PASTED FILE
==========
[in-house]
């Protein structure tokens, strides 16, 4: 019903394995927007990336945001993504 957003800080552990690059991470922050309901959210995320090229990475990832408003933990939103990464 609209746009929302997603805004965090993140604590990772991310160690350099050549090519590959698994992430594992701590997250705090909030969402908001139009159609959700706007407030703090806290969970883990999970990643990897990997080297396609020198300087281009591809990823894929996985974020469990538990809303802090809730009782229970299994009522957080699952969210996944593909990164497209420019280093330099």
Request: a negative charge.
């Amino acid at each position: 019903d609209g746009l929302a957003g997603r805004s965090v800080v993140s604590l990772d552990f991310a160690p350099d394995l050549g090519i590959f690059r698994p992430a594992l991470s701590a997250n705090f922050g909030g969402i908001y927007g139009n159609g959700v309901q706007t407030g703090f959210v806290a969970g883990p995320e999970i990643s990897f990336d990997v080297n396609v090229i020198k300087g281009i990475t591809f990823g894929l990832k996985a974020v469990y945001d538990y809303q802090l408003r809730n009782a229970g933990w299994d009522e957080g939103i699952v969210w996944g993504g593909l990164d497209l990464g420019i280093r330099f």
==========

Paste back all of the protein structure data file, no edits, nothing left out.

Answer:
[in-house]
């Protein structure tokens, strides 16, 4: 019903394995927007990336945001993504 957003800080552990690059991470922050309901959210995320090229990475990832408003933990939103990464 609209746009929302997603805004965090993140604590990772991310160690350099050549090519590959698994992430594992701590997250705090909030969402908001139009159609959700706007407030703090806290969970883990999970990643990897990997080297396609020198300087281009591809990823894929996985974020469990538990809303802090809730009782229970299994009522957080699952969210996944593909990164497209420019280093330099």
Request: a negative charge.
């Amino acid at each position: 019903d609209g746009l929302a957003g997603r805004s965090v800080v993140s604590l990772d552990f991310a160690p350099d394995l050549g090519i590959f690059r698994p992430a594992l991470s701590a997250n705090f922050g909030g969402i908001y927007g139009n159609g959700v309901q706007t407030g703090f959210v806290a969970g883990p995320e999970i990643s990897f990336d990997v080297n396609v090229i020198k300087g281009i990475t591809f990823g894929l990832k996985a974020v469990y945001d538990y809303q802090l408003r809730n009782a229970g933990w299994d009522e957080g939103i699952v969210w996944g993504g593909l990164d497209l990464g420019i280093r330099f």